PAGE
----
Ramaphosa has his work cut out to follow Malawi’s lead in rooting out graft
After claiming victory in a court-ordered election rerun, Lazarus Chakwera is now luring SA farmers
Amid Covid-19, Lazarus rose. From the ashes of a fraudulent election in Malawi, Pentecostal preacher Lazarus Chakwera claimed victory in a court-ordered rerun in June. This was the second time an African election has been voided — Kenya’s was overturned by its courts in 2017 — and the first time a challenger has then gone on, after such a ruling, to dethrone an incumbent. That, paired with the new president’s character, offers hope of a fresh beginning for many across the African continent — including for SA’s struggling farmers.
Malawi’s fundamentals for agriculture are strong: nutrient-rich land combined with a lush climate. Yet what is lacking is the expertise to maximise economic and job creation: while more than 80% of Malawians are employed in farming, most of them are subsistence farmers. The country needs not only agribusiness investment but the know-how to add value to the chain of production and multiply yields. Now they have a president leading the charge: “South Africans are welcome to Malawi to invest in our soil,” Chakwera recently said.
This call could not come at a more opportune time: mooted land appropriation and concerns over the rule of law and political discourse in SA are well known. In sharp contrast, the Malawi election result has revealed the strength of the country’s independent judicial system. When a deluge of ballots was found to have been altered — Tipp-Exed to “correct” the votes — the Constitutional Court annulled the result. The judges did this despite being offered bribes by the governing party, a rare win for rule of law in Southern Africa.
When challenged at the supreme court by then president Peter Mutharika, the chief justice upheld the initial ruling. When Mutharika then tried force him and colleagues out of the position before the rerun — over which they would be the ultimate arbiters — the entire legal community united around them. The straightness and solidarity of the judiciary would ultimately cause the people’s democratic will translated. Importantly for farmers, this all bodes well for the respect of property deeds and contracts.
The judiciary was not the only institution revealed to be “Tipp-Ex resistant”. The groundswell of pressure to investigate the election demonstrated the vibrancy of civil society and the free press. Months of resolute yet peaceful protests followed the first election, with the press playing its part to keep them out on the streets. With strong institutions such as these, all that is needed to fight corruption is the will of the executive. But Mutharika was the stumbling block.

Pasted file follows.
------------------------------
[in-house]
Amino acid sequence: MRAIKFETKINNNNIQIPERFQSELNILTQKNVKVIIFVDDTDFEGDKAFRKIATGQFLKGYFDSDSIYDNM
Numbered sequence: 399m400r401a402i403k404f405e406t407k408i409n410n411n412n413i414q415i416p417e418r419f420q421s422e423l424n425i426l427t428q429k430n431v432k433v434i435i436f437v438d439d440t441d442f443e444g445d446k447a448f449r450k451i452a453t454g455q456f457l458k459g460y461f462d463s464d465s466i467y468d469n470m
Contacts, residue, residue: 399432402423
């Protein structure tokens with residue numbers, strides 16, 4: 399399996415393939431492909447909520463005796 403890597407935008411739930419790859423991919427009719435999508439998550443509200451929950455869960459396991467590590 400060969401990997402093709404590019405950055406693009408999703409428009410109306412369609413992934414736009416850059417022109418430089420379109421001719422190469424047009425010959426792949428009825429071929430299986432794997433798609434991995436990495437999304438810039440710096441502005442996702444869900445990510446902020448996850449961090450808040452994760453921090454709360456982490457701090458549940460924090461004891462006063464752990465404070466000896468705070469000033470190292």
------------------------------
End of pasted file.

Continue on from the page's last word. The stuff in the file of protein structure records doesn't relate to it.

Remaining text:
His replacement has set a different tone. Chakwera’s desire to “clear the rubble” — as he puts it — has, in a few short months, already led to many investigations into past deals the former government made. Dubious contracts have been suspended. In this, his party, administration and state institutions stand firmly behind him.
The comparison with SA is clear. While it is difficult to doubt his intentions, President Cyril Ramaphosa is obstructed in his fight to root out corruption. Unlike in Malawi, where Chakwera’s predecessor was exorcised, first by the courts and then the voters, there is more standing in the way of Ramaphosa removing the corrupt officials of his predecessor across governing institutions. For now, some of them are actively working against his reform agenda, protecting those who damaged the state.
Until Ramaphosa makes decisive headway in his war on corruption, international investors are likely to continue pausing. Others will continue to seek opportunity across Southern Africa — and less so in the country that carries the region’s name. And for SA’s world-class farming community, the opportunities for expansion and investment will continue to lie elsewhere —particularly in places with a fairer business environment and significant action on governance. Chakwera is showing the way. On this he now asks SA farmers to join him.
• Hinks chairs Invest Africa US and is CEO and founder of Symbion Power.
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